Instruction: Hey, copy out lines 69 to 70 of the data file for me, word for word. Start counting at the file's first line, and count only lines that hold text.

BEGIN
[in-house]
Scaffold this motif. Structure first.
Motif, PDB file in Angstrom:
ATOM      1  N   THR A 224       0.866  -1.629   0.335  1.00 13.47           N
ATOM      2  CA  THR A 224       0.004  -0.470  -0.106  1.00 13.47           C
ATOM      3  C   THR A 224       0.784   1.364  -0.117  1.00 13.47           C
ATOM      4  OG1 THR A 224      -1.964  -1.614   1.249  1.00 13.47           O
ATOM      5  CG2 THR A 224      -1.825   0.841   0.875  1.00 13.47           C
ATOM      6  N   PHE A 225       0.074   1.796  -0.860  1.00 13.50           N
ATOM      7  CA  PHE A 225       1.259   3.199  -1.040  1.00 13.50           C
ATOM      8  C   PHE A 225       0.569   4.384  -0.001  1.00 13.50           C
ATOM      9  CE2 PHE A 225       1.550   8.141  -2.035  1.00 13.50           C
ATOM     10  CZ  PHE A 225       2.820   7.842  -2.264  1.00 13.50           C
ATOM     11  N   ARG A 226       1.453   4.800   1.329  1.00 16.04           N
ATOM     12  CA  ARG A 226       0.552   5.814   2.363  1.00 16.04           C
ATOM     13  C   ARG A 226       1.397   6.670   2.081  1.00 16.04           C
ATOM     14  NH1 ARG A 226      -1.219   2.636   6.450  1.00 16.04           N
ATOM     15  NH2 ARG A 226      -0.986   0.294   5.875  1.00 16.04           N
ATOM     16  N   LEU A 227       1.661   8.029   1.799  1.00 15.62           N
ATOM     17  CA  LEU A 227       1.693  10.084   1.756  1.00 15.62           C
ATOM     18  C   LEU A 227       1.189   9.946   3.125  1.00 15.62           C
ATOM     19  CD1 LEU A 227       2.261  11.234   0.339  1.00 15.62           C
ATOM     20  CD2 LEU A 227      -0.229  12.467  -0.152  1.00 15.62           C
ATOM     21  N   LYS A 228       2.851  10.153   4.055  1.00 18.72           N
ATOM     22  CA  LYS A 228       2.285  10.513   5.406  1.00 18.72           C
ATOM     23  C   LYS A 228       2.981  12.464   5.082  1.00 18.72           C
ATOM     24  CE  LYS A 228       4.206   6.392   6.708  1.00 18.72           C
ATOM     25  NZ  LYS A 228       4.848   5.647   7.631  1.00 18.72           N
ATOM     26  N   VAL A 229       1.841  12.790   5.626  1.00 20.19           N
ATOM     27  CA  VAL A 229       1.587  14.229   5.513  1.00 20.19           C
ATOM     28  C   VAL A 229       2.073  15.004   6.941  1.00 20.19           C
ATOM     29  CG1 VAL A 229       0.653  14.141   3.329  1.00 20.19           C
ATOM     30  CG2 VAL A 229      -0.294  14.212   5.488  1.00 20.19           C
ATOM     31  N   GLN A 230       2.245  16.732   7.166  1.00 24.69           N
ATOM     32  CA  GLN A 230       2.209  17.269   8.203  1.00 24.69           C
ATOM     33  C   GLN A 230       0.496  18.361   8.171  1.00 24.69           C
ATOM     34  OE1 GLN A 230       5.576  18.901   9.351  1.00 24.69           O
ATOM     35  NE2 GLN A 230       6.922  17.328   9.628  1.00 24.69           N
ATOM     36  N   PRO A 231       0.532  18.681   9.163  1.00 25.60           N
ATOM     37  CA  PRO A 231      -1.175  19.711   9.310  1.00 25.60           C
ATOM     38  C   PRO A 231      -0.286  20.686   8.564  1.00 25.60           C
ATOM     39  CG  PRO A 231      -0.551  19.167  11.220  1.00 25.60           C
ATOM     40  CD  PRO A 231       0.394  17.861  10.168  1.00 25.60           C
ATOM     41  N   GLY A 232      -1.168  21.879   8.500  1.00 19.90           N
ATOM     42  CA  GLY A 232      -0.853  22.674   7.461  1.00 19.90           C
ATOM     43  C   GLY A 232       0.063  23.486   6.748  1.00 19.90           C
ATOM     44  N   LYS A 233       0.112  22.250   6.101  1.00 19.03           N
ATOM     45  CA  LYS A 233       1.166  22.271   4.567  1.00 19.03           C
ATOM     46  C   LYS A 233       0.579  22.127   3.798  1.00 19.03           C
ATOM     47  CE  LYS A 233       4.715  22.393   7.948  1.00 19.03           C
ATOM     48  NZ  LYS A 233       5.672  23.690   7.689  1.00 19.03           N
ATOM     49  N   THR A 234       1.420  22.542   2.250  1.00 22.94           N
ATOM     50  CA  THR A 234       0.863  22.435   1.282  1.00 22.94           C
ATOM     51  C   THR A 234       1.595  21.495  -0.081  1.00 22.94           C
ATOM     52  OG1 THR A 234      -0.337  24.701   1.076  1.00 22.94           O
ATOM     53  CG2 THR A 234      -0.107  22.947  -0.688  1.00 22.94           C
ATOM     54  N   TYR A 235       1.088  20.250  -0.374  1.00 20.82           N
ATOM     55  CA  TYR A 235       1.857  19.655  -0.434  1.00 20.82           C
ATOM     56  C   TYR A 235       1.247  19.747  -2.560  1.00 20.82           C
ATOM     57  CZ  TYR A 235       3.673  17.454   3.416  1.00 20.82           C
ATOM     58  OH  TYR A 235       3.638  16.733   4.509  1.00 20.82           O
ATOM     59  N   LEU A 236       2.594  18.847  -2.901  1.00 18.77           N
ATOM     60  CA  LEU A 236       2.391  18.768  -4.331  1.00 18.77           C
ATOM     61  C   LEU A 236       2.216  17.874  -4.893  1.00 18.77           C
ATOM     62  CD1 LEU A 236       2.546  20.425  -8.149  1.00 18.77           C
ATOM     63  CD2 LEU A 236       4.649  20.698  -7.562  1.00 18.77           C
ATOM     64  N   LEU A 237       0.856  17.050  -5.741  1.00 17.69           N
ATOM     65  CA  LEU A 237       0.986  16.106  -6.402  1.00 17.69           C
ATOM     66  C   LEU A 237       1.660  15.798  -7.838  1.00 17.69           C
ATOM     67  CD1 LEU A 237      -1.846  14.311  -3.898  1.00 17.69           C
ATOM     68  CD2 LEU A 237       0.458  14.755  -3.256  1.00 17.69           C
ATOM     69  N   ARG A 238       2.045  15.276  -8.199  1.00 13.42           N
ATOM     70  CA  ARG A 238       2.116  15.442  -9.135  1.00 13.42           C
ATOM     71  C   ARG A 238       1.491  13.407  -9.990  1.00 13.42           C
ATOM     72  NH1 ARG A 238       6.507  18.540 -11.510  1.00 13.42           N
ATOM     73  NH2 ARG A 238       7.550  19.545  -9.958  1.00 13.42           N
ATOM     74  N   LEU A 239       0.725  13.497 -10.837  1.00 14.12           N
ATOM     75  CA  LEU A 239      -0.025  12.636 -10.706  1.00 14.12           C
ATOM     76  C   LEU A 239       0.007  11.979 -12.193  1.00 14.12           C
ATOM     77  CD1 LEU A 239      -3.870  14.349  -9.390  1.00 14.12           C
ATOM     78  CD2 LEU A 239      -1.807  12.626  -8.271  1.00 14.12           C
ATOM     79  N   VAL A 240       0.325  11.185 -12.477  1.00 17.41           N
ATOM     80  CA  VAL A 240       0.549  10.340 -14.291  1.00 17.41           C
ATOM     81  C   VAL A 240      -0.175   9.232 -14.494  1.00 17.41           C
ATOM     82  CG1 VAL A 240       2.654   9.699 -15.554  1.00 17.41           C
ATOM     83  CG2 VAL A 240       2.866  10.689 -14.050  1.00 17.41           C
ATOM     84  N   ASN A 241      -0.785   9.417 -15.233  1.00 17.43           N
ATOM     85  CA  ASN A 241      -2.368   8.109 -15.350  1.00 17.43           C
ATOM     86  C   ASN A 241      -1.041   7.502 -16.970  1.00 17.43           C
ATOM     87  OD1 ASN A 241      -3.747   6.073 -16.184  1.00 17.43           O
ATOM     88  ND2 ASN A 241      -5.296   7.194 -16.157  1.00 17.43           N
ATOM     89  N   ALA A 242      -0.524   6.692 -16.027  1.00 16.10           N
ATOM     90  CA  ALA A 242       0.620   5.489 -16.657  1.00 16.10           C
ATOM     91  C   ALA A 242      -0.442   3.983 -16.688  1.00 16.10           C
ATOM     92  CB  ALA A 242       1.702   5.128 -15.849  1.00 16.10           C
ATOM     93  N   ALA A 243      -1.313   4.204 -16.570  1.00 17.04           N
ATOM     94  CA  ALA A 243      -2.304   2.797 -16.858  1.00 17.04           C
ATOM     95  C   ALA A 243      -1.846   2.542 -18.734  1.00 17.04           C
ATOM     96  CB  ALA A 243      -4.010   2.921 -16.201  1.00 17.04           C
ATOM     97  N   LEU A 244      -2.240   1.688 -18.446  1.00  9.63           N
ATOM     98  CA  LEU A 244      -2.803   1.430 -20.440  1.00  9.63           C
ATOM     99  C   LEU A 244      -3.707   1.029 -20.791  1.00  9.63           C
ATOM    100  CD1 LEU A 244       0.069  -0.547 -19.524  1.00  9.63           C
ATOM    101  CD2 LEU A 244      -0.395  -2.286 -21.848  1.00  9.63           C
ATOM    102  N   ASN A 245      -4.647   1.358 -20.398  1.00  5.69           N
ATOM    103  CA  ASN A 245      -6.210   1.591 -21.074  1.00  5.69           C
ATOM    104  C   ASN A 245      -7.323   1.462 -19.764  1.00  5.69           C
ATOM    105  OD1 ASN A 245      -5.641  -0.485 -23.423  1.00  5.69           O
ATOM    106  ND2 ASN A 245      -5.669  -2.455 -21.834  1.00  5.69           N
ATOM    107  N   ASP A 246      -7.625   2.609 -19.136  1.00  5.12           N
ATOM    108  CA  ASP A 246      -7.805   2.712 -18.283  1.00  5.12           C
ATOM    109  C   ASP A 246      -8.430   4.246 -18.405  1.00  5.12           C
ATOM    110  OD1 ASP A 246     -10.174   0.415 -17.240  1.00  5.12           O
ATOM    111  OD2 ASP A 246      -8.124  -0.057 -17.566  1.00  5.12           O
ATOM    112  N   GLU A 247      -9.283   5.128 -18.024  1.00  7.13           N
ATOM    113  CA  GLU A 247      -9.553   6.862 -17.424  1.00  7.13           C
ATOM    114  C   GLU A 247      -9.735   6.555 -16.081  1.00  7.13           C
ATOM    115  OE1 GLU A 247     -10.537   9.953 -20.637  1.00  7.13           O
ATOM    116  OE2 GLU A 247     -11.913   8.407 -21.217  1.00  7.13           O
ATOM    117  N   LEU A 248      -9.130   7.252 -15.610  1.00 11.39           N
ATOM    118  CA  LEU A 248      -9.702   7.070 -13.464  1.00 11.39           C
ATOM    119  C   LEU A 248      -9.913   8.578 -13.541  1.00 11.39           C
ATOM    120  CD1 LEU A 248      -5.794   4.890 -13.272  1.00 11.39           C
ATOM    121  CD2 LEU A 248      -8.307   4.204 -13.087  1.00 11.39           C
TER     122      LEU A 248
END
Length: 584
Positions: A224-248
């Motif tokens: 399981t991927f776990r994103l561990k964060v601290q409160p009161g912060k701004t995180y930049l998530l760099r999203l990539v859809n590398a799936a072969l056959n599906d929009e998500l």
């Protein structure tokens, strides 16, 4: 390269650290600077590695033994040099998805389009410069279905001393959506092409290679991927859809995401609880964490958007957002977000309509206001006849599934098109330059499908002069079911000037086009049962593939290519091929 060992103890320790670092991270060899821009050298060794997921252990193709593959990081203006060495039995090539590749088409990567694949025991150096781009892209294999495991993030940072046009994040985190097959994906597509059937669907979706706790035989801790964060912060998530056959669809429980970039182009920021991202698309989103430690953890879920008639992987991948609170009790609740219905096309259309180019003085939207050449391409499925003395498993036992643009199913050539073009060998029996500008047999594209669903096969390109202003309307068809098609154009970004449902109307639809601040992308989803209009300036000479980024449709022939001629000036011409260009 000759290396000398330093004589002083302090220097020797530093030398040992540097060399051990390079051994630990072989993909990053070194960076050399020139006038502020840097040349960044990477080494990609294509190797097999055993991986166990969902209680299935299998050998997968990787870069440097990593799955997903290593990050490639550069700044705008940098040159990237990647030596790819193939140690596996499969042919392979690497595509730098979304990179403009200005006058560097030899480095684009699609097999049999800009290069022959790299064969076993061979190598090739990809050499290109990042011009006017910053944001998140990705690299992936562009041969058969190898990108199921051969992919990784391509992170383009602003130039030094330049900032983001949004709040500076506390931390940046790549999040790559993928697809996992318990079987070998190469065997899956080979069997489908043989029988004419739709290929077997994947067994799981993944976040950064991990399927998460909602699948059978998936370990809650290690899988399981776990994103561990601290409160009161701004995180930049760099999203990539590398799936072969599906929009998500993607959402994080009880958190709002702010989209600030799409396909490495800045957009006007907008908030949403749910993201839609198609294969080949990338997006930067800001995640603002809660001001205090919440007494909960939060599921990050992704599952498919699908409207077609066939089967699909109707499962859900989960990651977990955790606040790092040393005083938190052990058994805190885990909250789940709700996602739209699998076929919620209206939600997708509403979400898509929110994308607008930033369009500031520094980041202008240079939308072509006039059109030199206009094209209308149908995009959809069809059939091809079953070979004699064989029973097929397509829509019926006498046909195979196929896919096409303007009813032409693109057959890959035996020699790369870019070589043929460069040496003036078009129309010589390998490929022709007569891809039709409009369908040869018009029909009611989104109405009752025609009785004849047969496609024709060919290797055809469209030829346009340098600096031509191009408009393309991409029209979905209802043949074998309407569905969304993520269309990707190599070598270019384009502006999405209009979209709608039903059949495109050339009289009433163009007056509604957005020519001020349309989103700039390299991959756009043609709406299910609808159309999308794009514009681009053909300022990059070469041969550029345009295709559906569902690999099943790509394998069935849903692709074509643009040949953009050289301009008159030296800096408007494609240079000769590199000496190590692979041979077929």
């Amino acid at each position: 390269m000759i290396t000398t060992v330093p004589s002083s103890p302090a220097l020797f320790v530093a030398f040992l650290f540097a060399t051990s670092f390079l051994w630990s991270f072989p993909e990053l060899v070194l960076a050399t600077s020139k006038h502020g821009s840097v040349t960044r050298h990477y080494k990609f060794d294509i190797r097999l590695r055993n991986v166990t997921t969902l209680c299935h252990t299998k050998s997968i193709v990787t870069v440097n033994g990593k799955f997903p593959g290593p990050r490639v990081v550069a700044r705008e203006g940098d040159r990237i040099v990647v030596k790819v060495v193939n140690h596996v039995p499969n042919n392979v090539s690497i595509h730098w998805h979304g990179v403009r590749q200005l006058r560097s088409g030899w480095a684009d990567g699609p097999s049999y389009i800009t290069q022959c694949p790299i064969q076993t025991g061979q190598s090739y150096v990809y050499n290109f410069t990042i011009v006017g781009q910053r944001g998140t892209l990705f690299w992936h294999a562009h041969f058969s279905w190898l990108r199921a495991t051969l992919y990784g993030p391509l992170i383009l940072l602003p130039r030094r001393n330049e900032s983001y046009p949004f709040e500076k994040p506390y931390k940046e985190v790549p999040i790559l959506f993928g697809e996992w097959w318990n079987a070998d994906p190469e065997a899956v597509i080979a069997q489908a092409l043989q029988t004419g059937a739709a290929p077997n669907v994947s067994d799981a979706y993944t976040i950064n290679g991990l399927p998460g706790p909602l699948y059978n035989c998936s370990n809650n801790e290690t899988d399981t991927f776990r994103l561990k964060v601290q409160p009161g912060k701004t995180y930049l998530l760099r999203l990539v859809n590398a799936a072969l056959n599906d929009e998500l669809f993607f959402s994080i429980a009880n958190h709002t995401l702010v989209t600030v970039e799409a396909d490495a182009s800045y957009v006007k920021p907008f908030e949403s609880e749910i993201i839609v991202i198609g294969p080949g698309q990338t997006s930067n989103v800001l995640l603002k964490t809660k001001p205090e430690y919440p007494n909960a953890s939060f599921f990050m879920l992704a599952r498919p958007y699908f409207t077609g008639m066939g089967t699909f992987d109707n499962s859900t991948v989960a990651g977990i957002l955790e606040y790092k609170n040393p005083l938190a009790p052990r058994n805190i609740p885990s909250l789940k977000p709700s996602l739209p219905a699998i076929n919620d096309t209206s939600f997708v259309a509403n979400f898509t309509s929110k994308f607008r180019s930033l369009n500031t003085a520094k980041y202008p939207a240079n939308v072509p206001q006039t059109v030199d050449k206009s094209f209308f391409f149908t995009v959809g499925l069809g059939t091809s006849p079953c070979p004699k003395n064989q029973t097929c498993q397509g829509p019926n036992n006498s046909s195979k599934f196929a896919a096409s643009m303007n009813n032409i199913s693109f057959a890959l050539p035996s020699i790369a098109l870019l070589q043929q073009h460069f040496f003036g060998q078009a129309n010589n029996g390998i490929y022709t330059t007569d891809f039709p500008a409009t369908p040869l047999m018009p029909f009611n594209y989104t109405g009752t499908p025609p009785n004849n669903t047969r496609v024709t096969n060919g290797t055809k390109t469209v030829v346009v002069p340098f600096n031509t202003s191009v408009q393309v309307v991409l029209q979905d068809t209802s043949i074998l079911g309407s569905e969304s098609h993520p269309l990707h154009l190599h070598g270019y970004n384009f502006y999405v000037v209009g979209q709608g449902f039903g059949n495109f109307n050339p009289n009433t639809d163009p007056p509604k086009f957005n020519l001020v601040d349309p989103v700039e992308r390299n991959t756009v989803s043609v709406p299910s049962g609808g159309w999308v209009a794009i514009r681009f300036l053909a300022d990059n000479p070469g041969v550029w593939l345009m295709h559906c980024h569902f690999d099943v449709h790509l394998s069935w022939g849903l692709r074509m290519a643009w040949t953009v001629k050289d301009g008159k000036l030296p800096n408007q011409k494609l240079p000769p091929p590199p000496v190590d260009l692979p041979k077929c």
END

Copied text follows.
ATOM     66  C   LEU A 237       1.660  15.798  -7.838  1.00 17.69           C
ATOM     67  CD1 LEU A 237      -1.846  14.311  -3.898  1.00 17.69           C